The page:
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IntermodalNewsRail

House hearing witnesses argue rail more relevant to economy than ever

Witnesses press for continued funding of federal grants supporting rail infrastructure

Against the backdrop of Congress’ plans to push through a major transportation infrastructure bill, witnesses testifying at a U.S. House hearing on Wednesday spoke about the need for public partners to invest in multimodal initiatives as a way to support the freight rail industry and its workers.

An example of public and private support for a multimodal project would be the rehabilitation of the Salmon Bay Bridge in Washington, according to Tom WIlliams, group vice president of consumer products for Class I western U.S. railroad BNSF (NYSE: BRK). 

BNSF is working with the state and others to rehabilitate the bridge, which sees 30 to 40 trains crossing it daily, including passenger trains. The bridge needs a 200-foot movable span to allow more than 40,000 marine vessels to travel to and from Puget Sound, but the span’s counterweight system needs rehabilitation, Williams said in written testimony.

Investing in rail infrastructure projects, especially continued support in intermodal connections to the West Coast ports, bolsters the nation’s position in international trade, Williams said before the U.S. House Subcommittee for Railroads, Pipelines and Hazardous Materials at a hearing entitled, “Full Steam Ahead for Rail: Why Rail is More Relevant Than Ever for Economic and Environmental Progress.”

Williams said freight railroads also could benefit from a streamlined permitting process, as well as a shortened environmental review process of two years because having a timetable would help both the railroad and its customers with project planning.

“Our objective is to expand our network as a customer expands,” Williams said at the hearing.

Hearing witness Caren Kraska, president and chairman of the Arkansas and Missouri Railroad, said short line railroads like hers would benefit not only from continued federal support of grant programs such as the consolidated rail infrastructure and safety improvements program known as CRISI and the infrastructure for rebuilding America program known as INFRA, but also from preventing an increases to truck size and weight limits. 

“Personally, I expect that with an increase to the size and weight of trucks, my railroad could lose more than 50% of our business,” Kraska said in written testimony.

Kraska, who represented the interests of Class II and III railroads at the hearing, also emphasized to lawmakers the importance of short line railroads to rural America and small-town businesses.

“While my Arkansas frozen poultry shippers cannot complete the journey to West Coast ports for export without Class I service, they cannot start that journey without short line service,” Kraska said.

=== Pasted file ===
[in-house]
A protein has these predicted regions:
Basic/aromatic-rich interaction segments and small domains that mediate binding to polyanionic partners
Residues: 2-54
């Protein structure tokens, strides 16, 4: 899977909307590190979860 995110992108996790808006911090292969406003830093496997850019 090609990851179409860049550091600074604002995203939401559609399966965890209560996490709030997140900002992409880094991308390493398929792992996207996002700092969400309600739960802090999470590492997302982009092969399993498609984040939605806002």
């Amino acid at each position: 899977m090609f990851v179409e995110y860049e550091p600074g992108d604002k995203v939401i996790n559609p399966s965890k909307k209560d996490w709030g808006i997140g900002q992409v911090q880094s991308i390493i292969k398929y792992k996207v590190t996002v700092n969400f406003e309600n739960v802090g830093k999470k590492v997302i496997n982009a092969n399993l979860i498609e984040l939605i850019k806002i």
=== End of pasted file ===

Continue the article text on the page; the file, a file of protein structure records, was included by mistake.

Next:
Shannon Valentine, Virginia’s secretary of transportation, said federal grants were invaluable to bringing all stakeholders together in the state’s project to replace the Long Bridge connecting Washington, D.C., with Virginia. The project entails replacing the existing bridge, which was built in 1904 and is currently owned by CSX (NASDAQ: CSX), with a new two-track bridge. The existing bridge will become a four-track crossing. 

When asked by a lawmaker how CSX was brought “to the table” to provide financial support for the bridge project, Valentine replied that federal grant funding helped the state engage in discussions with CSX and Amtrak. CSX, Amtrak and the commuter rail Virginia Railway Express all use the bridge.

“It really shows the power of a discretionary federal grant,” Valentine said at the hearing. 

Valentine said fixing the traffic bottleneck that occurs at the Long Bridge is important because the bridge serves as a freight connection between the Northeast and Southeast. Virginia’s international ports farther south will also benefit from relieving the bottleneck, she said. 

“The Port of Virginia in the Hampton Roads region handles 4 million containers annually from all around the world. Currently the port moves a greater percentage of containers by rail – 35% – than any other port along the East Coast, with a goal of increasing that movement to 40%. The construction of a new Long Bridge opens freight capacity on the existing bridge. Without this added capacity, freight trains alone in 2040 will experience more than 10 times the current delay,” Valentine said in written testimony.

Greg Regan, president of the Transportation Trades Department with the AFL-CIO, also echoed sentiments that federal attention and funding in intermodal connections and multimodal projects would promote job growth. 

In written testimony, Regan called for Congress, the railroads and manufacturers to develop new green technologies and for these stakeholders to work with rail employees to build and deploy these technologies to promote safety, reliability and interoperability.

But he also said these developments shouldn’t replace safety regulation.

“It is essential that rail employers are considered equal partners in promoting safety as new technologies and reimaginings of the function of the rail network are developed,” Regan said. “No one understands the realities of rail operations on the ground as well as frontline workers, and whether it be the deployment of new technologies, the crafting of new work rules or the promulgation of new regulations, the meaningful inclusion of rail workers in these conversations is the only way to maintain and promote safety now and in the future.” 

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Joanna Marsh

Joanna is a Washington, DC-based writer covering the freight railroad industry. She has worked for Argus Media as a contributing reporter for Argus Rail Business and as a market reporter for Argus Coal Daily.